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Clients, Clients and More Clients: Create an Endless Stream of New Business with the Power of Psychology

Clients, Clients, and More Clients: Create an Endless Stream of New Business with the Power of Psychology

Larina Kase

A short authors bio:

Larina Kase, PsyD, MBA is a New York Times bestselling author and cognitive behavioral psychologist specializing in marketing and sales communications. Her work has appeared in The New York times, Inc., Entrepreneur, and Selling Power.

A book synopsis / Key Ideas:

Clients, Clients, and More Clients is about how to build the relationships that build your business. It’s about how to make the right connections, keep in touch, and influence people to buy or refer to you.

Why did you write this book?

I wrote this book after finding so many business owners avoid the process of marketing because they thought it would cost too much or not pay off. The ideas included in the book are all free or low-budget based on principles of the psychology of connecting and influence.

write a paragraph stating why readers should buy your book and what they will get out of it after reading it.

Readers who are looking to maximize their marketing and sales efforts will be interested in the ideas and the practical action steps. Readers interested in social psychology and neuroscience will enjoy the research behind the ideas in the book.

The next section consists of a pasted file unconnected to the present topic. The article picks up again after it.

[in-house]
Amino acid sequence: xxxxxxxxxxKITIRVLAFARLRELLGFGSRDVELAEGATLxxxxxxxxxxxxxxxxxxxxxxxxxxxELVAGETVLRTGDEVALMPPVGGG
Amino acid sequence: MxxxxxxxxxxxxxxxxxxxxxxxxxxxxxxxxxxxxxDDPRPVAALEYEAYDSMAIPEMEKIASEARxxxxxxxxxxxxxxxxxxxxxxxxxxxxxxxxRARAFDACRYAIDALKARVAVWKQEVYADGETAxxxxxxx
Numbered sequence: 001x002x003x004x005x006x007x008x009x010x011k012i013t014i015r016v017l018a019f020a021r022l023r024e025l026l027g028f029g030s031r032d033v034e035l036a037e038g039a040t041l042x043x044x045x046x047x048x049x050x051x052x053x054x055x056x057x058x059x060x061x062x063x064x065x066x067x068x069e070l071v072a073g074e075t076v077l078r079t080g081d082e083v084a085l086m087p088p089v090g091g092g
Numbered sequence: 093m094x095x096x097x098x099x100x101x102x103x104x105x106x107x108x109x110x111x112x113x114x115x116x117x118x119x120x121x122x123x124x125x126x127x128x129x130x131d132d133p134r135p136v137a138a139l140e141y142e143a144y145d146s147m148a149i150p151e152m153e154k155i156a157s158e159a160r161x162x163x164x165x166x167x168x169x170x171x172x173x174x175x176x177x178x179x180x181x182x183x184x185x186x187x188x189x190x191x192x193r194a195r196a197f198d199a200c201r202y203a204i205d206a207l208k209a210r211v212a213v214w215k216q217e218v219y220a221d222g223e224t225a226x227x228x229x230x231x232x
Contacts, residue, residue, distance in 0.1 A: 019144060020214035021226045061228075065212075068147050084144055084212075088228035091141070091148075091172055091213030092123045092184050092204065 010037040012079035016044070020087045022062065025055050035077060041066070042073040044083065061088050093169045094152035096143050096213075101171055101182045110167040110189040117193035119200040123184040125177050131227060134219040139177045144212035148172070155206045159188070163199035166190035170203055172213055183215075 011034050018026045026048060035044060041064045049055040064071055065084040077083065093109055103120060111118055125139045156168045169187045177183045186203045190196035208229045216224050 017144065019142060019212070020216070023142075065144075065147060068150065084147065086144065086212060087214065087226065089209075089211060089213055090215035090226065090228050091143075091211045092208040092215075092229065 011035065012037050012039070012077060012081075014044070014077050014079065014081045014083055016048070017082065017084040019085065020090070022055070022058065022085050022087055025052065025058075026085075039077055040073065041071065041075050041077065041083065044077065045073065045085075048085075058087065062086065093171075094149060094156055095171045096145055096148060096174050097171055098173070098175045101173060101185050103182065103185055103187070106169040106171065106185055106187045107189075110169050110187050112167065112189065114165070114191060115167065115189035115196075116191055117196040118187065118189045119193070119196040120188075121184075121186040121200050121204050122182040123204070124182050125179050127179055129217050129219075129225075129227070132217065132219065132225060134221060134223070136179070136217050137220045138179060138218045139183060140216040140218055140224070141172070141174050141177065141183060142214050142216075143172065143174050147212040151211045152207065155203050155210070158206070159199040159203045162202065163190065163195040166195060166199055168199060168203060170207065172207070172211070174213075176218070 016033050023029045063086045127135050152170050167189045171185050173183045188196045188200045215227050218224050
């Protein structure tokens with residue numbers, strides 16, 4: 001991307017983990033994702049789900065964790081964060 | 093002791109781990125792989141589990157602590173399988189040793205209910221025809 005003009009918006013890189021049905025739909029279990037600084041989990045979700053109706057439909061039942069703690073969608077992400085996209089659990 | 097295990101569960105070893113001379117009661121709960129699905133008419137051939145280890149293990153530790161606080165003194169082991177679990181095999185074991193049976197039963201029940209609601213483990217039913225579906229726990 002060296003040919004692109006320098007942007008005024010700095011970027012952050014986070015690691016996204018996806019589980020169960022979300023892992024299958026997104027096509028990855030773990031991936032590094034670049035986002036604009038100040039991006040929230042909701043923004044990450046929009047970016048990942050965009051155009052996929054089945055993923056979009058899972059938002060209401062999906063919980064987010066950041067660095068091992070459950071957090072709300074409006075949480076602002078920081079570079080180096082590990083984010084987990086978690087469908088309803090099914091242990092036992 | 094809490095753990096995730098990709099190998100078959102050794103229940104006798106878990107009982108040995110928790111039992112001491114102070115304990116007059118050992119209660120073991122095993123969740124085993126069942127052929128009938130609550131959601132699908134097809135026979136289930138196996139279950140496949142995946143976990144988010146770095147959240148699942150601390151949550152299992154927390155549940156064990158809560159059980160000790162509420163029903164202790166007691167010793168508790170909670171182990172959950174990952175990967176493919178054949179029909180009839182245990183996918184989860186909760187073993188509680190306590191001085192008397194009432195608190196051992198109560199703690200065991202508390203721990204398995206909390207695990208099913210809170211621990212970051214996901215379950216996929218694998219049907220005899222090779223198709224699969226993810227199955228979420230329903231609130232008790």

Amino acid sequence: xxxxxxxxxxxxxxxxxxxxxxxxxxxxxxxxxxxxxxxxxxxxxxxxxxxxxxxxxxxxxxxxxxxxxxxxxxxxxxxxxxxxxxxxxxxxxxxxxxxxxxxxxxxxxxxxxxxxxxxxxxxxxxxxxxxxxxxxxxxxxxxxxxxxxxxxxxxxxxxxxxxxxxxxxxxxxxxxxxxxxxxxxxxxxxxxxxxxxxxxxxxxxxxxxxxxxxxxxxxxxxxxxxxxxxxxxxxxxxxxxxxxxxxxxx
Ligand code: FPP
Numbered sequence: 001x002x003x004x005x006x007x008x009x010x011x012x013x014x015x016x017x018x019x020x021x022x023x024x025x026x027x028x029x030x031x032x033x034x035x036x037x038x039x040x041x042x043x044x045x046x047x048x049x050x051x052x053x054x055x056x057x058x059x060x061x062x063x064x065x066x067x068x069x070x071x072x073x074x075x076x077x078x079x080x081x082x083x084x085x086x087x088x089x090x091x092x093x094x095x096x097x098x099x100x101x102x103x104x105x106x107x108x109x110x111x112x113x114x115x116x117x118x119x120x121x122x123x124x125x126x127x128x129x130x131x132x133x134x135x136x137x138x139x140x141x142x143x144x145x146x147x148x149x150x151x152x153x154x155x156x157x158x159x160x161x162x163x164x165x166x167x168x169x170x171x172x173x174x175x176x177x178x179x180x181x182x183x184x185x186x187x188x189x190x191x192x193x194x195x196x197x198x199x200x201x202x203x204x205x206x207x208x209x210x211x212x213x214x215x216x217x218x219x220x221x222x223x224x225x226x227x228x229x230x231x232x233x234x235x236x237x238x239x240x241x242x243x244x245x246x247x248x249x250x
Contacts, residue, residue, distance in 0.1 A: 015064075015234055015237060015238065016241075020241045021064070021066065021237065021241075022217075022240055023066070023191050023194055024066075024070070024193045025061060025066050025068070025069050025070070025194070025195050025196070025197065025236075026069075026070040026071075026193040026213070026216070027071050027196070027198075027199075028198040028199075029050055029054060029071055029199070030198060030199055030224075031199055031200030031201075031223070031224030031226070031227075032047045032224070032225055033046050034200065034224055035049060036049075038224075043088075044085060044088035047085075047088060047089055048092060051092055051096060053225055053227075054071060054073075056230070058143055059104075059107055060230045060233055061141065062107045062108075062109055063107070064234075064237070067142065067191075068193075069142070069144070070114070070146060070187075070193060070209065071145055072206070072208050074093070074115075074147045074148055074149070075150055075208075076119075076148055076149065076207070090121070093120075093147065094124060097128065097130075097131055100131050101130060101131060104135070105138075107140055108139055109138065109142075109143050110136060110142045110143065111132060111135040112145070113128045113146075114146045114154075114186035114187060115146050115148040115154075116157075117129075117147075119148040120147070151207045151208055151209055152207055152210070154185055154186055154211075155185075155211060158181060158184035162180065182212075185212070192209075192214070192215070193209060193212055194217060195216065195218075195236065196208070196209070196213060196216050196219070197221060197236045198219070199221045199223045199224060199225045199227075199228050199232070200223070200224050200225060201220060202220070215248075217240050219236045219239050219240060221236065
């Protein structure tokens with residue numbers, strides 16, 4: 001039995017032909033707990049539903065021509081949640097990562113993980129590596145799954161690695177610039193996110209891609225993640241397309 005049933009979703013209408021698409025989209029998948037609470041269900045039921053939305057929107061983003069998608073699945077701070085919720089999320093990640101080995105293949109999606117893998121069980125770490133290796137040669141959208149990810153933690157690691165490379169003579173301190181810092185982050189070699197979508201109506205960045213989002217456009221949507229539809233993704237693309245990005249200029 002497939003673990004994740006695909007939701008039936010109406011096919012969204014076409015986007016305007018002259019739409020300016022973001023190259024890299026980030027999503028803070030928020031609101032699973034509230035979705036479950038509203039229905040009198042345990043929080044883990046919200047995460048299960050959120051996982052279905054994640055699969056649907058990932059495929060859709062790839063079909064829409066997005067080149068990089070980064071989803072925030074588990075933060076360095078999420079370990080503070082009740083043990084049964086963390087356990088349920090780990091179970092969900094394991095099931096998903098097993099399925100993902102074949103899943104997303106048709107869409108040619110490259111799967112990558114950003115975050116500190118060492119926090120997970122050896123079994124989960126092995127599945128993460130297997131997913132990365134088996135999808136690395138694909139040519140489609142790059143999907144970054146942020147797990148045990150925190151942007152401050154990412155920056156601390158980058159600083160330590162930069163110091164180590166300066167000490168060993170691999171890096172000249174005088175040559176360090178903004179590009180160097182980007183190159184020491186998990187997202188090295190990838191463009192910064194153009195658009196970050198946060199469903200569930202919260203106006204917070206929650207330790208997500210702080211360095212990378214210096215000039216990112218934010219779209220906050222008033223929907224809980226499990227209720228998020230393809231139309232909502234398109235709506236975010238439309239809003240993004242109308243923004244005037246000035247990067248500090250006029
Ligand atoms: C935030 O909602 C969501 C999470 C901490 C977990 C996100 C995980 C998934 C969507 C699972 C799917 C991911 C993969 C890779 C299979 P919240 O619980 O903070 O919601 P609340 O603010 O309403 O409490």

The Psychology Keys to Marketing Your Business on a Shoestring

I love to be the bearer of great news—For all of you marketing your business on a shoestring it absolutely can be done. I did it. You can too.

When you understand the psychology of how people think, form relationships, and decide to buy all of your efforts become much more likely to pay off. In building my business I often looked for marketing that would pay me (speaking and writing), and only invested in five things:

1) A high quality visually appealing website or blog
2) A professionally-shot photograph
3) Professionally designed and printed marketing materials
4) Consultation with marketing experts
5) Virtual assistance with the things I am not great at

There may be a couple more smart areas to invest, but for the most part, you absolutely do not need to invest a lot to do great marketing these days.

Here are my answers to some questions about what I’ve done and what I recommend…

Do you have a blog, what is the link, what do you talk about in your blog?

Yes I have a blot at PsychologyofMarketing.com We discuss how to capture attention , stand out and be memorable, keys to successful networking in person and in social media, how to influence people to take action, and many other psychology and business topics.

The goal of the blog and all of my work is to add a new perspective to the idea of business-building, and apply research on influencing human behavior to sales and marketing.

I was on clinical faculty at The University of Pennsylvania (several years ago) and my science background informs everything I do. The challenge is to keep things light and fun rather than academic and intense. I think my strength in writing is in turning theories into action.

Do you do speaking events? What are some common ones that you do on a regular basis? What do you talk about?

Speaking has been the most effective way to build my business. I speak about marketing strategies and about confident speaking.

I commonly speak to entrepreneur and women’s organizations, professional organizations in different fields (design, law, accounting), and I do a lot of interviews hosted by other business-building authors and experts.

In addition to excellent content there are three components to an effective presentation: